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'We're Out There' So Protect Us, Protesting Workers Tell Amazon, Target, Instacart

Protesters say Amazon and other companies are benefiting from surging demand during the pandemic, but not doing enough to protect essential workers.
Valerie Macon
AFP via Getty Images
Protesters say Amazon and other companies are benefiting from surging demand during the pandemic, but not doing enough to protect essential workers.

Workers at retail and delivery companies, including Amazon, Target, and Instacart, walked off the job Friday to demand better pay and treatment.

Their work has been deemed "essential," but they say it has gotten too dangerous during the coronavirus pandemic — and they want the companies to do more to protect them.

"This company failed us. It failed the workers. It failed me," said Christian Smalls outside the Amazon warehouse on Staten Island where he used to work and had organized other protests. Amazon says Smalls was fired in March for violating quarantine and safety measures.

While some protesters, like Smalls, demonstrated outside company facilities, others called in sick. Gig workers did not log into apps to accept delivery orders.

Organized under the hashtag #essentialworkersday, the protests were timed for May Day, or International Workers' Day — a date typically marked around the world by labor marches.

The actions brought together employees of retail chains, including Target and Walmart, workers for delivery apps such as Instacart, as well as Amazon.

It is unclear how many people joined in the protests. Organizers said thousands of workers had pledged to participate. But the companies said the protests involved few employees, and they did not represent the views of most workers. Target said it was aware of less than 10 employees who participated. Amazon, Instacart, Whole Foods and Shipt said their operations were not affected. (Whole Foods is owned by Amazon and Shipt is owned by Target.)

Some of those workers have held separate protests and walkouts in recent weeks. They said they came together in a general strike to highlight the similarities in their working conditions and demands.

Kerri Blair, a mother of five in Akron, Ohio, usually picks up extra income delivering orders for Shipt. She stayed home on Friday.

"People who work at Whole Foods, at Target, at Walmart ... there's no way to get around not being around people. That is your job," she said. "We're out there in the public ... doing things for other people."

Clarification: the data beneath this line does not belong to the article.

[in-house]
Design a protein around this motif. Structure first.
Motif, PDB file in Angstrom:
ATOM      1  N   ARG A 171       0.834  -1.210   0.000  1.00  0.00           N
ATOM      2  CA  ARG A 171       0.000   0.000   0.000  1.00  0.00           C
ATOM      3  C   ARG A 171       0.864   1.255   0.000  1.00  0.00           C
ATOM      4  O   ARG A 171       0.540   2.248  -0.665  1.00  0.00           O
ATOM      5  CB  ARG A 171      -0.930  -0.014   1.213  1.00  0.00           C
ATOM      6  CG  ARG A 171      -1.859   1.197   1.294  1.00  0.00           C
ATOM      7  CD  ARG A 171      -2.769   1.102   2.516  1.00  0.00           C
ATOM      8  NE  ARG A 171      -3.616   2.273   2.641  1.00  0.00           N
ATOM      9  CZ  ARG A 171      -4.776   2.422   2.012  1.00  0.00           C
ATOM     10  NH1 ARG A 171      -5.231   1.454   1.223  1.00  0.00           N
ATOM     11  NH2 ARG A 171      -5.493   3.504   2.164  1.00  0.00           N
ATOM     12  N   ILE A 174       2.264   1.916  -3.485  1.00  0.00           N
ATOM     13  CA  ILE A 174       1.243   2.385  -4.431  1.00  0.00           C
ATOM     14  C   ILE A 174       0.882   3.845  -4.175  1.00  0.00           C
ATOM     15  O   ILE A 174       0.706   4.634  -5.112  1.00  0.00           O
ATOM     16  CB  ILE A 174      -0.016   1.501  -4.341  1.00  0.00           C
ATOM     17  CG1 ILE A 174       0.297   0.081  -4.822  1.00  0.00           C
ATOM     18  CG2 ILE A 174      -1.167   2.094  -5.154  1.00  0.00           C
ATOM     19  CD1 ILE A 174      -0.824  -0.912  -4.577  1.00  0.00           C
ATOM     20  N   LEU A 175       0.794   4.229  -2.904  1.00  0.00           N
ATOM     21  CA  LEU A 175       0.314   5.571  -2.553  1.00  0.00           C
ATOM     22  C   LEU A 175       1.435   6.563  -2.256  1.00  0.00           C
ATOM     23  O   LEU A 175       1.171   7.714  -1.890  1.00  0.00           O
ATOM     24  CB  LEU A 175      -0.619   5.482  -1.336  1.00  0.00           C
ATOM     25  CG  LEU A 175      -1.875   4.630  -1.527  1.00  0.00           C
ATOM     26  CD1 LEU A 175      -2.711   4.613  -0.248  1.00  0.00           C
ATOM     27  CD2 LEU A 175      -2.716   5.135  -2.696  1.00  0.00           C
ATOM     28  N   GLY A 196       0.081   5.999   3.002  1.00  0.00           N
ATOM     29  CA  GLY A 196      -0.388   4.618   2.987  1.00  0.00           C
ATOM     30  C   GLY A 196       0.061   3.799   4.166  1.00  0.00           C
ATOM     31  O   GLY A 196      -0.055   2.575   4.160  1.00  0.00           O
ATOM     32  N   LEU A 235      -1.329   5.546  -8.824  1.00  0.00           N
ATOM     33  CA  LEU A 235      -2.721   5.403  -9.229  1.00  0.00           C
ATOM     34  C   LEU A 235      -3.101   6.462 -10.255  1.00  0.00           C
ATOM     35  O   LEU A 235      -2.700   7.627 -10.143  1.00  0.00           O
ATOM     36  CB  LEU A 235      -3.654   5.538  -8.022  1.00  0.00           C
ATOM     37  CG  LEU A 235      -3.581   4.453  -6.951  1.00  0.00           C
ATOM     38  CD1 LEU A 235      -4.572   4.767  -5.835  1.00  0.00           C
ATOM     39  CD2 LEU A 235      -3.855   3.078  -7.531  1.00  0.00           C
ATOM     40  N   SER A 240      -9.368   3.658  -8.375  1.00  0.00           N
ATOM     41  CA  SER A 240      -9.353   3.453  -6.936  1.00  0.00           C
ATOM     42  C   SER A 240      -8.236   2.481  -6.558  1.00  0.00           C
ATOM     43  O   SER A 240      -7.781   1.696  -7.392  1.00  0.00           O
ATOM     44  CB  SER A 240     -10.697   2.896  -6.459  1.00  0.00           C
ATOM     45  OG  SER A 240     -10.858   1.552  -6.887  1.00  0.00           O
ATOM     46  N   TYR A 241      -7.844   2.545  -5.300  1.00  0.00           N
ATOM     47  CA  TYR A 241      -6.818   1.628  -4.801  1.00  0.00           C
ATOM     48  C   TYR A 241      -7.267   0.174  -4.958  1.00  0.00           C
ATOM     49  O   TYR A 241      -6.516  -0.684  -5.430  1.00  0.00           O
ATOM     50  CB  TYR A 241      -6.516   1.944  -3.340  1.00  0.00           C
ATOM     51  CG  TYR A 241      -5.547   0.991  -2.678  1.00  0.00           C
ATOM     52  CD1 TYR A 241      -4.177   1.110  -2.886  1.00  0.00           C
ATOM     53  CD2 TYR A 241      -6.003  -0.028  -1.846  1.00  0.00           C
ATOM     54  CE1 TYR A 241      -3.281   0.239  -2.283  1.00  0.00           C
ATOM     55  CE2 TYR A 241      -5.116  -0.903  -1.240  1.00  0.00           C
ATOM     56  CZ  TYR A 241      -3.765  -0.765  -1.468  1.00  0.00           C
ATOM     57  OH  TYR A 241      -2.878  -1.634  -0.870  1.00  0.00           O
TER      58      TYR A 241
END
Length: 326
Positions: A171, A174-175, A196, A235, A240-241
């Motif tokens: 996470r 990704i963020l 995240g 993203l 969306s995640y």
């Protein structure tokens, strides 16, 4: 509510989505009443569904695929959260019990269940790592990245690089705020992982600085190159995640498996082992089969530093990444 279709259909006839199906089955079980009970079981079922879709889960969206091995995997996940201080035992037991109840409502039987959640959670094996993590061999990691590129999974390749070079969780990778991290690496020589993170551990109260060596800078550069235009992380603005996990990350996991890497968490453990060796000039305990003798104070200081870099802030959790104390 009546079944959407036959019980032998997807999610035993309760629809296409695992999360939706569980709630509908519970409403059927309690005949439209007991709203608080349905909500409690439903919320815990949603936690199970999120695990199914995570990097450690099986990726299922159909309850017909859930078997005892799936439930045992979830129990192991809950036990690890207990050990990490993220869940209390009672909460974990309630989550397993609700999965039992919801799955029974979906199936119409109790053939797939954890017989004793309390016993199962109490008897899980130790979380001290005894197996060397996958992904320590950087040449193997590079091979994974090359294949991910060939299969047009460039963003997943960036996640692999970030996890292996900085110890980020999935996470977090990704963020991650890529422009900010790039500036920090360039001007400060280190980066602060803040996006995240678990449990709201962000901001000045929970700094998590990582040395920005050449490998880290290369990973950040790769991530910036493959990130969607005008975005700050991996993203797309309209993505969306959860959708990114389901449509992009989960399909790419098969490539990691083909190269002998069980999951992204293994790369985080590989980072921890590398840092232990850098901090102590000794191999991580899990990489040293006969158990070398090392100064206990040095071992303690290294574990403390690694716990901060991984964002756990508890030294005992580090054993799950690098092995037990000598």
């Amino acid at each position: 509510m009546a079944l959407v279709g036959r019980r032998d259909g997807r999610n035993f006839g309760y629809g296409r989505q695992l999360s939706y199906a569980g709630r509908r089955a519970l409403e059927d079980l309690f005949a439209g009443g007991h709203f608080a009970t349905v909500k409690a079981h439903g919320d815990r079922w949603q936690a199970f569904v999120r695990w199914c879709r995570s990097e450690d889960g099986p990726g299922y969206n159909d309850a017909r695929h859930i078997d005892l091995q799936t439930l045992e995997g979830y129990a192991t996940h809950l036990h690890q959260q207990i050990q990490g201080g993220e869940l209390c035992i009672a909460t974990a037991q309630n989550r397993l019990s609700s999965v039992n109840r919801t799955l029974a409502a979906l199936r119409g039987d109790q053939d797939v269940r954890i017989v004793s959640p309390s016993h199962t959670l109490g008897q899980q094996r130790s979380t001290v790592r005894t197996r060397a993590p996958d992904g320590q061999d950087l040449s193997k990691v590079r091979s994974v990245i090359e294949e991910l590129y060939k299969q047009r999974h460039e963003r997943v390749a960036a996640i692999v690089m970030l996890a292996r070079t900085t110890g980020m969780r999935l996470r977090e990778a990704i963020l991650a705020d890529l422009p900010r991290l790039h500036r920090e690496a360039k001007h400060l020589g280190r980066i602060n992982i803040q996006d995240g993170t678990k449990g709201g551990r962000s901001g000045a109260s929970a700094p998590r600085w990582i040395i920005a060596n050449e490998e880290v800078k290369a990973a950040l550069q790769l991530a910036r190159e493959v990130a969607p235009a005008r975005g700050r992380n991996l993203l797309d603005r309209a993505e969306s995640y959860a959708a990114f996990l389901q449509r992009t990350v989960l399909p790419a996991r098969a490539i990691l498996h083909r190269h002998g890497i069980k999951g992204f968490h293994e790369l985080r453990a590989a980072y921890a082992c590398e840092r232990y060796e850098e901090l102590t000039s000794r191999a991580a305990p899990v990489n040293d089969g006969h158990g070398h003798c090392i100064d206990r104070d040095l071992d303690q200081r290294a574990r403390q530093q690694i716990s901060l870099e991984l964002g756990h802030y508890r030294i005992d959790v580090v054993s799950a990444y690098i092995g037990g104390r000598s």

Lockdowns in many cities and states have kept millions of people at home, leading to surging demand for online shopping and delivery. Amazon, Instacart and Shipt are all on hiring sprees to keep up with the pace of new orders.

The companies said they value workers' input and are offering increased pay and aggressive health and safety measures, such as giving out masks and cleaning stores and warehouses.

"In recognition of the significant contributions of our front-line team members amid the coronavirus, we've made an investment of more than $300 million, including $2 an hour higher hourly wages, which we've extended until May 30," Target said in a statement, adding that it had established "dozens of new measures" aimed to keep both workers and shoppers safe during the pandemic.

This week Amazon said it would spend its entire operating profit in the second quarter — an estimated $4 billion — dealing with the coronavirus. That includes providing protective equipment to workers, paying them more, cleaning warehouses, and testing employees for COVID-19.

An Amazon spokesman said: "Health and safety is our top priority and we expect to spend more than $800 million in the first half of the year on COVID-19 safety measures."

Protest organizers acknowledge the changes, but say the companies must do more to protect their health.

"Because of the failings of our employers, many of our fellow employees have contracted this deadly virus and some have died," organizers wrote this week.

Some workers say they have had trouble getting the protective gear they've been promised. They also want the companies to be more transparent about how many employees have fallen ill, or even died, from COVID-19.

Protesters urged shoppers to boycott the companies' stores, websites and apps.

Editor's note: Amazon, Target, Walmart and Whole Foods Market are among NPR's financial supporters.

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Shannon Bond is a business correspondent at NPR, covering technology and how Silicon Valley's biggest companies are transforming how we live, work and communicate.